Stanley Black & Decker 2012 Video Annual Report

The Movie is Better than the Book

Stanley Black & Decker’s story could write itself. The company’s remarkable performance in the marketplace demonstrates continued success, matching their commitment to achievement (such as holding the record for the longest consecutive annual & quarterly dividend payments among industrial companies listed on the New York Stock Exchange—an impressive feat).

But even when a book is a great read, it’s never quite the same as the movie.

As Tribe’s CEO and Creative Director, I approached this changing digital landscape with similar goals to those of past projects: to connect on a human level with our viewers and to demonstrate emotional momentum.

Emerging Markets: Ensemble Cast

Meanwhile, a big story was developing over at Stanley Black & Decker—a global transformation was well underway, affecting the design, build and distribution strategies in every growth and emerging market worldwide. That news was Tribe’s story to share in the 2012 “Stanley Black & Decker: Year-In-Review” video annual report. Our challenge was to capture its epic nature, while demonstrating the tangible elements of SB&D’s strategy.

However, not to be over-looked was the chapter on the team of exceptional people SB&D had in place. From design to manufacturing, sales and distribution, this team was already working across divisions and building new organizations around the world.

I quickly realized we needed to connect with this large cast of employees around the globe to infuse our story with humanity, integrity, and sincerity.

This would pose an immense production challenge.

Global Filmmaking

In order to execute such a voluminous concept, Tribe would need to conduct 18 interviews over 11 shoot days, filming in 5 cities in 4 different countries.

I was able to direct all the executive interviews at Stanley Black & Decker’s strategy conference in Key Biscayne, Florida, as well as supervise post-production.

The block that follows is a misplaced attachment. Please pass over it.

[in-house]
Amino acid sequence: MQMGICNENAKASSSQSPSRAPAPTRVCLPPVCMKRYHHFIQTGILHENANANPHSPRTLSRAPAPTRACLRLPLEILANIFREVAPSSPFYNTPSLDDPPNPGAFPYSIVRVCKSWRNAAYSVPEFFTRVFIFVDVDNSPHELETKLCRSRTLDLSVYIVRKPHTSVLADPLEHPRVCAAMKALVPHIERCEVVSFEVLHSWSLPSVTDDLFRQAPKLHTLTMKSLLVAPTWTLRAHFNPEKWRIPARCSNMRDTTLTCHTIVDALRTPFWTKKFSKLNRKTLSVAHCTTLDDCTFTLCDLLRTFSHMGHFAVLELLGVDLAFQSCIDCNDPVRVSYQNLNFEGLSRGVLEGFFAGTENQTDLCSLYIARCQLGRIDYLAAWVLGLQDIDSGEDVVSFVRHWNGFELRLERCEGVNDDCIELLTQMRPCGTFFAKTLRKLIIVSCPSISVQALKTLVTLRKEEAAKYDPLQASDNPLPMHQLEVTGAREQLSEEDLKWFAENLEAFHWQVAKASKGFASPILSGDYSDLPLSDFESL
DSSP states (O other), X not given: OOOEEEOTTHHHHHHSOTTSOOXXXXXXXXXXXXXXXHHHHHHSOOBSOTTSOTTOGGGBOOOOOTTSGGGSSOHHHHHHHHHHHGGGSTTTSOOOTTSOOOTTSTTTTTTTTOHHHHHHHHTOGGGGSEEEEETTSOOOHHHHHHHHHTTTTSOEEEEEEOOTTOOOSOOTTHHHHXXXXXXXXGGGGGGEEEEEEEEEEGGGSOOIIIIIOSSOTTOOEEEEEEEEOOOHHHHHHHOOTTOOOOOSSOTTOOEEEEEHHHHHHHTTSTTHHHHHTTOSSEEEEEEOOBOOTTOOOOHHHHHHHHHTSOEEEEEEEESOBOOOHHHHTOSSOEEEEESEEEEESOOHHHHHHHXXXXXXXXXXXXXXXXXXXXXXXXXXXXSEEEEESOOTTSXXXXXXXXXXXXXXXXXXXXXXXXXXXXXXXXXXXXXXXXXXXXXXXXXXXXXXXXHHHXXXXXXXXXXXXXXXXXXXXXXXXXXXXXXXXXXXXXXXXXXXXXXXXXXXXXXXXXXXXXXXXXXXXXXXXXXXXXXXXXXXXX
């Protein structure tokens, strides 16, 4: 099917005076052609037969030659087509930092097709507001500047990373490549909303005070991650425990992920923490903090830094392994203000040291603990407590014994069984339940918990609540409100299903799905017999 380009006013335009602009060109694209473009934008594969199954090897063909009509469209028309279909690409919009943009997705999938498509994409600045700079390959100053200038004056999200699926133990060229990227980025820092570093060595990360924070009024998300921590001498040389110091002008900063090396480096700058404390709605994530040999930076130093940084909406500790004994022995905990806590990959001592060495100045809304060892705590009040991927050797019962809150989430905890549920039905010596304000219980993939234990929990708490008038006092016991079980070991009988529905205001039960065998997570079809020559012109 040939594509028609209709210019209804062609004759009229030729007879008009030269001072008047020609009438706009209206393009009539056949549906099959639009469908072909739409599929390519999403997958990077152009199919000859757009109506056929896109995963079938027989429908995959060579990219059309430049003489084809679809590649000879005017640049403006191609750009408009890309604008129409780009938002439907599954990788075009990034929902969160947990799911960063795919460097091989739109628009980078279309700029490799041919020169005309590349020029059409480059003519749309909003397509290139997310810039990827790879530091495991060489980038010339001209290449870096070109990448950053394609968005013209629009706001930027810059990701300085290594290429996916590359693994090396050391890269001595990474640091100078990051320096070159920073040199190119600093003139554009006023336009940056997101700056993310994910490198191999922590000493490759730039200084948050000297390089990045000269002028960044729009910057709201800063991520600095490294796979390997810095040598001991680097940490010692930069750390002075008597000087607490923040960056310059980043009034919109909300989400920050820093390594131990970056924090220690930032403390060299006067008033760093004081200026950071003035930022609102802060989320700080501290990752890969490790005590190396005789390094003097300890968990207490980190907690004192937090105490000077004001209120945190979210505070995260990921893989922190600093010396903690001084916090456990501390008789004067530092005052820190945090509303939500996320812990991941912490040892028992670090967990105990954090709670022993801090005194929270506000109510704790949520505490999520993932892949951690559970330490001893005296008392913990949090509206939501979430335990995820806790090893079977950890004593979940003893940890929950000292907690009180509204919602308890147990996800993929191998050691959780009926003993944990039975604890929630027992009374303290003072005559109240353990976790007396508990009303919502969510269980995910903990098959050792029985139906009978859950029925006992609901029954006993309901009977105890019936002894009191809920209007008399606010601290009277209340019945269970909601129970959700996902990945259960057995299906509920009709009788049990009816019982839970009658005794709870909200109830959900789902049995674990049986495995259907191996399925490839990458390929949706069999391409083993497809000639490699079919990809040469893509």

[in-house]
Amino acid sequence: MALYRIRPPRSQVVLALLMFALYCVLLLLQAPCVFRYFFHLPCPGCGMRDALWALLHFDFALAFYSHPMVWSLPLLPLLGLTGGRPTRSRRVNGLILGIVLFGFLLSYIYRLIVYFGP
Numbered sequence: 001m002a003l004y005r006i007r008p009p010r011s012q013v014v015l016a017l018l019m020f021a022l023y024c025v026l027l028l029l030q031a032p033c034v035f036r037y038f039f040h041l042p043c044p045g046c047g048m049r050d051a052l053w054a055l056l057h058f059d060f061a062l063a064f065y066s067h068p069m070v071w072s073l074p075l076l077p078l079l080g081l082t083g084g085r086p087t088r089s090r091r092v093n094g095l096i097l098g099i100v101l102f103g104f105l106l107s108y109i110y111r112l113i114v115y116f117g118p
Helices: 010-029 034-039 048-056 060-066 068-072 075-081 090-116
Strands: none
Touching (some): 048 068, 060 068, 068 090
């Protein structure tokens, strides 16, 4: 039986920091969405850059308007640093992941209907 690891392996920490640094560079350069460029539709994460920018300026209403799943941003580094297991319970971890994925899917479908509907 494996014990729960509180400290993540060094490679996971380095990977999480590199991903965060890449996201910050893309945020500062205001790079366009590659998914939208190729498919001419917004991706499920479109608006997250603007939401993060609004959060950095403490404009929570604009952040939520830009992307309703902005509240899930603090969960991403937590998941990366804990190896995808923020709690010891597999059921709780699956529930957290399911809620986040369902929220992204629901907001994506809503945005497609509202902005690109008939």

By utilizing our extensive video library of SB&D footage from previous Tribe productions, we would save costs without sacrificing story for the Brazilian, European, Asian and North American markets. But the new design center in Pune, India, major operations in Shanghai and Suzhou, China, and a central hub distribution center in Dubai, UAE, would all add tremendous value to SB&D’s story of emerging markets.

So I called in reinforcements.

While SB&D’s impressive global scale is unmatched in their industry, Tribe, too, is a global player thanks to the International Quorum of Independent Motion Picture Producers (IQ); a network of our trusted partners from 69 distinguished film production companies of which I am currently President.
IQ member Sebastian Cardemil, based in Quito, Ecuador, directed the global productions and oversaw post-production graphics. Common Communications Co. Ltd. in China, Alchemy Films in Dubai, and Nomad Films in India were all enlisted for the production as well.

Presenting: The 2012 SB&D Online Year-in-Review

When all of the footage arrived in the editing room, Tribe’s final challenge was to grant SB&D’s request that the video be “seamlessly experienced on mobile and tablet platforms to reach today’s readers.”

I arrived at a new, creative organizing strategy in order to keep audiences engaged and to deliver our story in a mobile-friendly package: tell SB&D’s story in four parts. The 2012 Stanley Black & Decker Year-In-Review was now instantly accessible and able to be shared.

Tribe’s four films are prominently featured and ready to be launched from the home page. Each video in this series tells the story with intelligence, thoughtfulness and passion, without ever using a narrator.

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